Diet providers make a big sell on what makes and what breaks your weekly menu and often without informing you why it is or isn’t featured on their plates.
Protein, carbohydrates, and fats are three macronutrients (referred to as food groups) in everyone’s diet. It doesn’t matter whether you follow a shake diet, one of the bigger groups or some swanky fad way, macronutrients (macros) are the most important thing.
Before we decide which we should favour over another it’s important to understand the role of each.
Loosely speaking (going in depth on this would be a whole other article in itself);
Carbohydrates; Carbohydrates contain 4 kilocalories per gram of raw weight. The role of carbohydrates is to fuel the body for activity. Activity means, anything beyond its resting state.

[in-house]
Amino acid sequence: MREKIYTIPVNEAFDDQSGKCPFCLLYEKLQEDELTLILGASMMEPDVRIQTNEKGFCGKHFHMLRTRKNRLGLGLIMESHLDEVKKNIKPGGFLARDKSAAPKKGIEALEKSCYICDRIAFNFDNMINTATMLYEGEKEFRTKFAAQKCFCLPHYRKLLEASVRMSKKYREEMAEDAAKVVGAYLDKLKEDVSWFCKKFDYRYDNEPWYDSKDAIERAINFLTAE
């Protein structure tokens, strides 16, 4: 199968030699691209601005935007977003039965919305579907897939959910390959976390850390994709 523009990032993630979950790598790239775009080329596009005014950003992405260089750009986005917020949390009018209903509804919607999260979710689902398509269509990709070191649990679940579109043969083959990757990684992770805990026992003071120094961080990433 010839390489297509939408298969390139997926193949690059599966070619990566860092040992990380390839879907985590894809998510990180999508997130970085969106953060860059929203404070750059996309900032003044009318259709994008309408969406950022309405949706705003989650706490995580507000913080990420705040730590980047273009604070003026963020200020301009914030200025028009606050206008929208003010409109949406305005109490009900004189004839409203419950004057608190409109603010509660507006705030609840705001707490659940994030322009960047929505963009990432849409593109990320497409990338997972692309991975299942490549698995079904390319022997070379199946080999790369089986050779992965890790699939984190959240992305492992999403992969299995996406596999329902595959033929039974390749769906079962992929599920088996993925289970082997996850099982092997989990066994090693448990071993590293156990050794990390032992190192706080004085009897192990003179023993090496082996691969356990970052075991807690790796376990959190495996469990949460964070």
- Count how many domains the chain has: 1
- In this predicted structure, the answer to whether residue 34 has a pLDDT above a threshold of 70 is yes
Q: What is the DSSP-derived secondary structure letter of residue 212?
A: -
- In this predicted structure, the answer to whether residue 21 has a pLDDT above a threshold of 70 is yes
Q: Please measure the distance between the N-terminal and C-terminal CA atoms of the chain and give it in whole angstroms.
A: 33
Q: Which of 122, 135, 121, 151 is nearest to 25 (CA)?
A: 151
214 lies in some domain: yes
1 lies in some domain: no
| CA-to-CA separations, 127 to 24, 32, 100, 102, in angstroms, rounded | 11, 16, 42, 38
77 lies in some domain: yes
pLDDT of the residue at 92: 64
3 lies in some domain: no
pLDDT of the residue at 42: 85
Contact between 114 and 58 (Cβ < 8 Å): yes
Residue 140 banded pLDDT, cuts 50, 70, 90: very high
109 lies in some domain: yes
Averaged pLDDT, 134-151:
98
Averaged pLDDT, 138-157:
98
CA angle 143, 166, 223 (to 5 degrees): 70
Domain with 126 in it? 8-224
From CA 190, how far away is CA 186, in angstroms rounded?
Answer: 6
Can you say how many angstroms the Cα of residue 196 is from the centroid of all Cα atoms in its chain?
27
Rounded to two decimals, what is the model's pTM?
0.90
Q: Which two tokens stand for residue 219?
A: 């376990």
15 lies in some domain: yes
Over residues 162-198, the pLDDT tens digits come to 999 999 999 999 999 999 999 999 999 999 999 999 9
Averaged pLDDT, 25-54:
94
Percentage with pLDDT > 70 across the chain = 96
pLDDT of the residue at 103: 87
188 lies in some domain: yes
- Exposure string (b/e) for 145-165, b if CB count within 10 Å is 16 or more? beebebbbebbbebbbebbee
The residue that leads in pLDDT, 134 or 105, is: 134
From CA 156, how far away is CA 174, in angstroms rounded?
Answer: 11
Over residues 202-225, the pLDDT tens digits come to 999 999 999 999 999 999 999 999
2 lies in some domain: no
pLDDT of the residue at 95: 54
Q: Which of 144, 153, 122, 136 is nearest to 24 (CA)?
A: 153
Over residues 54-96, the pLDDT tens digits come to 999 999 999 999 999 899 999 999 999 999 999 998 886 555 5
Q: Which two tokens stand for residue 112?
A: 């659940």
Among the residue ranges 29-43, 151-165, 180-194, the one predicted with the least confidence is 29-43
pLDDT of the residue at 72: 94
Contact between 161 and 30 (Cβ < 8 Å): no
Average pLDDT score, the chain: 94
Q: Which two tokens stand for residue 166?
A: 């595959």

Fat; Fats contain 9 kilocalories per gram of raw weight. Fats can help provide some energy, but their role is to help sustain a healthy and strong immune system. Fats also assist with how our nervous system works. IMPORTANT – essential vitamins and minerals are fat soluble. This means they need dietary fats in sufficient amounts to break them down.
Protein; Protein contains 4 kilocalories per gram of raw weight. Protein is responsible for sustaining your body’s lean mass, and stimulating protein synthesis which is the redevelopment of new muscle tissue. Muscle gives shape to our skeleton. Protein is also a key contributor to body recovery.
Even in reading my own brief summary of what macros are and what they do, my question is ‘should I be cutting out any of it?’
Is it wise to go low fat? What happens with a low carb diet? All valid questions.